How aspirational can a society of singles really be?

by Ryan Streeter on October 20, 2012. Follow Ryan on Twitter.

Joel Kotkin’s latest Daily Beast column takes a look at the rise of singleness and childlessness as a key part of Obama’s base. He also asks whether this trend, celebrated as it is by today’s secular elites who associate “traditional families” with the backwaters, will backfire in a generation as the upwardly mobile singles by definition die out without heirs to compete with the conservatives, evangelicals, and Mormons who are bearing children at a much higher rate than nonreligious peers.

For now, though, the rise in childlessness and singleness characterizes a key bloc on whom Obama depends and which is shaping our current expectations about marriage, children, sex, and family in ways that will have long-term effects.

Kotkin characteristically offers some important data points and insights:

  • In the short term at least, the president and his party are seizing a huge opportunity. Since 1960, the percentage of the population that is over age 15 and unmarried increased by nearly half, 45 percent from 32 percent.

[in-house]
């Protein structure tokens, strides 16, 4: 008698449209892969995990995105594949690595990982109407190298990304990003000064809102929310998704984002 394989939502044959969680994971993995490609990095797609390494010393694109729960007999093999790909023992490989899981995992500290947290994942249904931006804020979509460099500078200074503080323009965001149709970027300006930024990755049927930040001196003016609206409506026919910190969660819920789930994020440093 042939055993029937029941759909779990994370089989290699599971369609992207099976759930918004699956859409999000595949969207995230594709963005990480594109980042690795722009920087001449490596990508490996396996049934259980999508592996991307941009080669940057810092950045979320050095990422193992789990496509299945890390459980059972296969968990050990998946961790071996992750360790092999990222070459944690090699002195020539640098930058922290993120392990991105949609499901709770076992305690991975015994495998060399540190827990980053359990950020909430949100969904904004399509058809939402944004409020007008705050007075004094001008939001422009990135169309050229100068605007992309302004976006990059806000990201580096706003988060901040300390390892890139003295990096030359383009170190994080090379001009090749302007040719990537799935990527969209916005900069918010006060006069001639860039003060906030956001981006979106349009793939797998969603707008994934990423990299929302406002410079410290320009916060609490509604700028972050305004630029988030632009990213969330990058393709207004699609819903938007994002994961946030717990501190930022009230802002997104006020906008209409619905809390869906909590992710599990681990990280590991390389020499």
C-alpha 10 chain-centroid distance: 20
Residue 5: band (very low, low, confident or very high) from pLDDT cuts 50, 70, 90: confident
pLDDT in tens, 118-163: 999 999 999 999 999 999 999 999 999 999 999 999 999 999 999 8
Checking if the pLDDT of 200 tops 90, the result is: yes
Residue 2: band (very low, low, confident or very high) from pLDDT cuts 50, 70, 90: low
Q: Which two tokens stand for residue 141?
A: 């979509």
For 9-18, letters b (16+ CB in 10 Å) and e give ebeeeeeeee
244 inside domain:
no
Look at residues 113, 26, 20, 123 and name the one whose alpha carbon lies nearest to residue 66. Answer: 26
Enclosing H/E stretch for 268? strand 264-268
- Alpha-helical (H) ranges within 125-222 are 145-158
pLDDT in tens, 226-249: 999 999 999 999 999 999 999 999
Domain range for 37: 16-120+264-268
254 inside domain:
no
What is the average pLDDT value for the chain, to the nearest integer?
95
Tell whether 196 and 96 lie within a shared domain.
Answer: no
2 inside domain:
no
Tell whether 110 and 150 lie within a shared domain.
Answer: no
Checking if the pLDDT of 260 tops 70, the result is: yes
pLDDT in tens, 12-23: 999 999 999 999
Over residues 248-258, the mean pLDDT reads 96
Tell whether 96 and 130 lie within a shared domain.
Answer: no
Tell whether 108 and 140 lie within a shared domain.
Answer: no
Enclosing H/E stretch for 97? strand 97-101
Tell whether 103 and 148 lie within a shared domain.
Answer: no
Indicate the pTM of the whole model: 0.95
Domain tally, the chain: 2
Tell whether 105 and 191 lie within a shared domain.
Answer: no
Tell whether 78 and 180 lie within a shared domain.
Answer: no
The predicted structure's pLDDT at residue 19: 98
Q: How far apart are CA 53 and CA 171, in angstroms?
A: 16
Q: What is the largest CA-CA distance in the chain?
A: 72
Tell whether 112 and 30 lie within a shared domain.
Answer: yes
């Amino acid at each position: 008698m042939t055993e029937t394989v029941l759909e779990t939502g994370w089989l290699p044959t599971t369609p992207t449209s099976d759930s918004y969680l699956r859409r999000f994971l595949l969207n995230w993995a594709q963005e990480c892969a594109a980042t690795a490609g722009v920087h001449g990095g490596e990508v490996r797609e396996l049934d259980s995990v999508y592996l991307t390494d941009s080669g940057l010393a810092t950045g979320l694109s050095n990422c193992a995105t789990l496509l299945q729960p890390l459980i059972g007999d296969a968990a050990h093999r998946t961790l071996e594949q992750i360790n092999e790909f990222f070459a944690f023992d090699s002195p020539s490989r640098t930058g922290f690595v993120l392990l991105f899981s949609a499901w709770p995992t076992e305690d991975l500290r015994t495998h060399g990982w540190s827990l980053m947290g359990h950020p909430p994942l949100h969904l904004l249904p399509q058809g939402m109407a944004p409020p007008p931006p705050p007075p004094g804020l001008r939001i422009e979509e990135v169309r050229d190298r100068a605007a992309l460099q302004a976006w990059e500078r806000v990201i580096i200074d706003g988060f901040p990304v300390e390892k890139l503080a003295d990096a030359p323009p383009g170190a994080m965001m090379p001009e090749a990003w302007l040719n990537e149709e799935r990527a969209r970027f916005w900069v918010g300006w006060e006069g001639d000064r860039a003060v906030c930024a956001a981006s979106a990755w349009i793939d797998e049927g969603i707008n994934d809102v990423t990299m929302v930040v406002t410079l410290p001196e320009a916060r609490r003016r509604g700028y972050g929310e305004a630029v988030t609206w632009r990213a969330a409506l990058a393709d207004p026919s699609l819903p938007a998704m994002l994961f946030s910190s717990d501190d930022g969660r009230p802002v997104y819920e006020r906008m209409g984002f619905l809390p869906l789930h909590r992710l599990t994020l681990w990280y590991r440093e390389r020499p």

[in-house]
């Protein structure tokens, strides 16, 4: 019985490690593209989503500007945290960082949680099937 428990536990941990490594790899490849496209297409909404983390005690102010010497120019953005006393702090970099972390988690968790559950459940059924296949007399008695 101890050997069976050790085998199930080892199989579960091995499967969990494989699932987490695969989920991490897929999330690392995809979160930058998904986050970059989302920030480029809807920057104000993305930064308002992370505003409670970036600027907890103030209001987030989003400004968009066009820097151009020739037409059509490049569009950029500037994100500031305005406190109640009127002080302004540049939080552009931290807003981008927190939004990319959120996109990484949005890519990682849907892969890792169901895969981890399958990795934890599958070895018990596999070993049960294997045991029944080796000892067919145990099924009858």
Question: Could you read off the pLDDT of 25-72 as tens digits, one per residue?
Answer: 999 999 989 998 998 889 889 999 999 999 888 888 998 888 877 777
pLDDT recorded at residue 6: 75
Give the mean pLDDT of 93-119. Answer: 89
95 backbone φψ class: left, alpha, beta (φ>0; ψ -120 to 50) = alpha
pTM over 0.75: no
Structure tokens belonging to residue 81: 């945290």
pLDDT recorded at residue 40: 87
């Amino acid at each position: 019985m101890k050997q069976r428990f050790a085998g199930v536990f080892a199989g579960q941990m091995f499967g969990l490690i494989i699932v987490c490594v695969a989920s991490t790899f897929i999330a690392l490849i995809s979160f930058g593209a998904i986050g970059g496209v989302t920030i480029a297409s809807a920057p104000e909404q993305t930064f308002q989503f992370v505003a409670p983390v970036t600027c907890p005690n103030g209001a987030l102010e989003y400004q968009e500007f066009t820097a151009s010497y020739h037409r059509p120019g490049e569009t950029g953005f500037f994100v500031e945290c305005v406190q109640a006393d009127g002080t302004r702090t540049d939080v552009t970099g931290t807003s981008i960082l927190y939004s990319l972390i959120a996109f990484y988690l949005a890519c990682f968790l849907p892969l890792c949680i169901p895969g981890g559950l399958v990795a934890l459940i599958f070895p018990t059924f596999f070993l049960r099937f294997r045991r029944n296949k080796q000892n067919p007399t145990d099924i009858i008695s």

• Since 1976, the percentage of American women who did not have children by the time they reached their 40s doubled, to nearly 20 percent.
  • Unmarried women prefer Obama by nearly 20 points (56 to 39 percent), according to Gallup, while those who are married prefer Romney by a similarly large margin.
  • A 2007 Pew Research Center survey found that the number of adults who said that children are very important for a successful marriage had dropped by a third, from 65 percent in 1990 to 41 percent in 2010.
  • The number of households with children today is 38 million, about the same as a decade ago, even as the total number of households has shot up by nearly 10 million.
  • In many dense urban areas now, 70 percent or more of households are childless. In contrast, the largest growth in families with children are found in places such as Dallas-Ft. Worth, Houston, Raleigh, and the Salt Lake area, which have relatively little impact on the national culture.